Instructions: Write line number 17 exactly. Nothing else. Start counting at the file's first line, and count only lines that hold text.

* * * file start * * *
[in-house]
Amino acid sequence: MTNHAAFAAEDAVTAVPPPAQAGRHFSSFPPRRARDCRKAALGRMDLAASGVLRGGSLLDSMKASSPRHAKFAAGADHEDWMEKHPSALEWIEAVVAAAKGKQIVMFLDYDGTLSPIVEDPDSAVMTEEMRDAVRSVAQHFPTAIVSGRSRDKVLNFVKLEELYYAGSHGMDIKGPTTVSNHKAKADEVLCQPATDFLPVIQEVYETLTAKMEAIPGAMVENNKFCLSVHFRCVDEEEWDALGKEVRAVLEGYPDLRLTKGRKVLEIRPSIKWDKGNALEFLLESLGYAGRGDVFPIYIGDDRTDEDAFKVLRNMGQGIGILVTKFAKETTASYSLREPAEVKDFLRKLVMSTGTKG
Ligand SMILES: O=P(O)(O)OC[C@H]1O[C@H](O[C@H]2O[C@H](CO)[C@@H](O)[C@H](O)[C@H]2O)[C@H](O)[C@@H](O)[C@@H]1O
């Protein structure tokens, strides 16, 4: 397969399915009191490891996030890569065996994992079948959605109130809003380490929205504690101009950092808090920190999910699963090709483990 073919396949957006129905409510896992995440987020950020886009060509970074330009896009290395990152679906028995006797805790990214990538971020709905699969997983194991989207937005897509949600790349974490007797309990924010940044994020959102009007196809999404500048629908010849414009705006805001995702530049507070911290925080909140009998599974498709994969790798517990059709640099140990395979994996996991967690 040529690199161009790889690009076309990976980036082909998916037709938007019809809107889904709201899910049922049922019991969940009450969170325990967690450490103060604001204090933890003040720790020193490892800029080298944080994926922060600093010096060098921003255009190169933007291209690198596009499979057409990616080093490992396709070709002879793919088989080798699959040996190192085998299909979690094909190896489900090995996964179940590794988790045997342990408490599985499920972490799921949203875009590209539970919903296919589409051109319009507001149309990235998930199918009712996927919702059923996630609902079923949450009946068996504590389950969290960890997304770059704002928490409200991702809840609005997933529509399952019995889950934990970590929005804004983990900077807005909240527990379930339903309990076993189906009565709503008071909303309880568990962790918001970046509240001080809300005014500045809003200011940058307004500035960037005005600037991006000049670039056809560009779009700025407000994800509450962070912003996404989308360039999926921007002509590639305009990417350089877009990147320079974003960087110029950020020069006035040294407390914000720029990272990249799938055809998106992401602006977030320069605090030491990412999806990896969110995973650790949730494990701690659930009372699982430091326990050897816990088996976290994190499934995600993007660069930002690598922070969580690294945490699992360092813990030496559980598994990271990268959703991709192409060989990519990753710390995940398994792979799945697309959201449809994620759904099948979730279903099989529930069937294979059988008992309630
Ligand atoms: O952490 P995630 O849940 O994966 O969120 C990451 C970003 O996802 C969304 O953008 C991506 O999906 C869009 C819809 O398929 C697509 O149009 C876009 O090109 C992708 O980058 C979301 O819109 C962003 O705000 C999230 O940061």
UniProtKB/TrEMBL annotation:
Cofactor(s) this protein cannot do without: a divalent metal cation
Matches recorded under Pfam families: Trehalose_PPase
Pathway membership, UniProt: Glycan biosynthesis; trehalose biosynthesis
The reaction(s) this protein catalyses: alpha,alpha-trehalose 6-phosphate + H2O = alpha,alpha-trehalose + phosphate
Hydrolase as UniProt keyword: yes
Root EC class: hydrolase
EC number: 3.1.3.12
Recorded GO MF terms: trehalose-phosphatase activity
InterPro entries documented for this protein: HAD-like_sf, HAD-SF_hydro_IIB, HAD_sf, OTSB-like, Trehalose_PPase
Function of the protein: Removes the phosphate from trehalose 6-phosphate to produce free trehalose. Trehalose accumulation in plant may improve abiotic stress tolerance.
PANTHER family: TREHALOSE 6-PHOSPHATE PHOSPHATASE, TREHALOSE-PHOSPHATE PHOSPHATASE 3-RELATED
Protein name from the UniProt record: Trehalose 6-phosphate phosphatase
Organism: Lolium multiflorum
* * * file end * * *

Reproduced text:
PANTHER family: TREHALOSE 6-PHOSPHATE PHOSPHATASE, TREHALOSE-PHOSPHATE PHOSPHATASE 3-RELATED